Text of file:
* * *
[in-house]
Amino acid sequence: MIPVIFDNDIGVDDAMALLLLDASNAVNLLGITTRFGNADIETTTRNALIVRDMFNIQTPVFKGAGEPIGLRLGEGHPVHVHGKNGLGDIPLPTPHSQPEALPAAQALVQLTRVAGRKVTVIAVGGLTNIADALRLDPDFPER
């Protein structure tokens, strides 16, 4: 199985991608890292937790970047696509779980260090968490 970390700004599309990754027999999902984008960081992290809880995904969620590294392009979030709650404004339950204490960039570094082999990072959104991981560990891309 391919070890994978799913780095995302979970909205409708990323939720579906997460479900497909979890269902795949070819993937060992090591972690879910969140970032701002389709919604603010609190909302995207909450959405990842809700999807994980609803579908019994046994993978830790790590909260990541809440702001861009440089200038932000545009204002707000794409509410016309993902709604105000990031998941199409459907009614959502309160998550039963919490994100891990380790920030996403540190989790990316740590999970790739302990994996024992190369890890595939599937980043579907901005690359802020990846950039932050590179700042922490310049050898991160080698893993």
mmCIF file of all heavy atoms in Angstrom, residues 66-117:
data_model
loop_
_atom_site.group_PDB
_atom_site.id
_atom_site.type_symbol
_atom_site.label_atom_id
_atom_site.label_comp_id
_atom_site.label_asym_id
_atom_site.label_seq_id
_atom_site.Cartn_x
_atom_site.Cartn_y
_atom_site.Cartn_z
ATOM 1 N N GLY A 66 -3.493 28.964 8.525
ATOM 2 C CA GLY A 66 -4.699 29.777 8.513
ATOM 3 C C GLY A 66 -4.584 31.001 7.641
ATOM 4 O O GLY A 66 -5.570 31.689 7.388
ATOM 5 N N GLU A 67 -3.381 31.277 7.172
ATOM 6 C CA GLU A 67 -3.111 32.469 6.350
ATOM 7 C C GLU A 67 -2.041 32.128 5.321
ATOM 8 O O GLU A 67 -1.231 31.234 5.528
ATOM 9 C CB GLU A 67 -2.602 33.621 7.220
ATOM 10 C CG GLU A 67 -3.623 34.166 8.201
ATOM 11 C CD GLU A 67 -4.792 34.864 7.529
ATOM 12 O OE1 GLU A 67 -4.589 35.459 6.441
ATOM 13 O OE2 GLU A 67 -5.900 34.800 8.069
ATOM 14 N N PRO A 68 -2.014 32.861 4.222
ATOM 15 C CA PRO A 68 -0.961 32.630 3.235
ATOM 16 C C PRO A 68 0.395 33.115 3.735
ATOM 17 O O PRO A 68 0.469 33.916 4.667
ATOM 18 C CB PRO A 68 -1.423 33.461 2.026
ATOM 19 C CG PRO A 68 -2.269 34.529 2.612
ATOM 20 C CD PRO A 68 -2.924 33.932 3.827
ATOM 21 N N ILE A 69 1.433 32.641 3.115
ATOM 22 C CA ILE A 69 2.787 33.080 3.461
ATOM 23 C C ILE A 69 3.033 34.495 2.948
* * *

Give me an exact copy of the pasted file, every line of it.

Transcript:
[in-house]
Amino acid sequence: MIPVIFDNDIGVDDAMALLLLDASNAVNLLGITTRFGNADIETTTRNALIVRDMFNIQTPVFKGAGEPIGLRLGEGHPVHVHGKNGLGDIPLPTPHSQPEALPAAQALVQLTRVAGRKVTVIAVGGLTNIADALRLDPDFPER
């Protein structure tokens, strides 16, 4: 199985991608890292937790970047696509779980260090968490 970390700004599309990754027999999902984008960081992290809880995904969620590294392009979030709650404004339950204490960039570094082999990072959104991981560990891309 391919070890994978799913780095995302979970909205409708990323939720579906997460479900497909979890269902795949070819993937060992090591972690879910969140970032701002389709919604603010609190909302995207909450959405990842809700999807994980609803579908019994046994993978830790790590909260990541809440702001861009440089200038932000545009204002707000794409509410016309993902709604105000990031998941199409459907009614959502309160998550039963919490994100891990380790920030996403540190989790990316740590999970790739302990994996024992190369890890595939599937980043579907901005690359802020990846950039932050590179700042922490310049050898991160080698893993």
mmCIF file of all heavy atoms in Angstrom, residues 66-117:
data_model
loop_
_atom_site.group_PDB
_atom_site.id
_atom_site.type_symbol
_atom_site.label_atom_id
_atom_site.label_comp_id
_atom_site.label_asym_id
_atom_site.label_seq_id
_atom_site.Cartn_x
_atom_site.Cartn_y
_atom_site.Cartn_z
ATOM 1 N N GLY A 66 -3.493 28.964 8.525
ATOM 2 C CA GLY A 66 -4.699 29.777 8.513
ATOM 3 C C GLY A 66 -4.584 31.001 7.641
ATOM 4 O O GLY A 66 -5.570 31.689 7.388
ATOM 5 N N GLU A 67 -3.381 31.277 7.172
ATOM 6 C CA GLU A 67 -3.111 32.469 6.350
ATOM 7 C C GLU A 67 -2.041 32.128 5.321
ATOM 8 O O GLU A 67 -1.231 31.234 5.528
ATOM 9 C CB GLU A 67 -2.602 33.621 7.220
ATOM 10 C CG GLU A 67 -3.623 34.166 8.201
ATOM 11 C CD GLU A 67 -4.792 34.864 7.529
ATOM 12 O OE1 GLU A 67 -4.589 35.459 6.441
ATOM 13 O OE2 GLU A 67 -5.900 34.800 8.069
ATOM 14 N N PRO A 68 -2.014 32.861 4.222
ATOM 15 C CA PRO A 68 -0.961 32.630 3.235
ATOM 16 C C PRO A 68 0.395 33.115 3.735
ATOM 17 O O PRO A 68 0.469 33.916 4.667
ATOM 18 C CB PRO A 68 -1.423 33.461 2.026
ATOM 19 C CG PRO A 68 -2.269 34.529 2.612
ATOM 20 C CD PRO A 68 -2.924 33.932 3.827
ATOM 21 N N ILE A 69 1.433 32.641 3.115
ATOM 22 C CA ILE A 69 2.787 33.080 3.461
ATOM 23 C C ILE A 69 3.033 34.495 2.948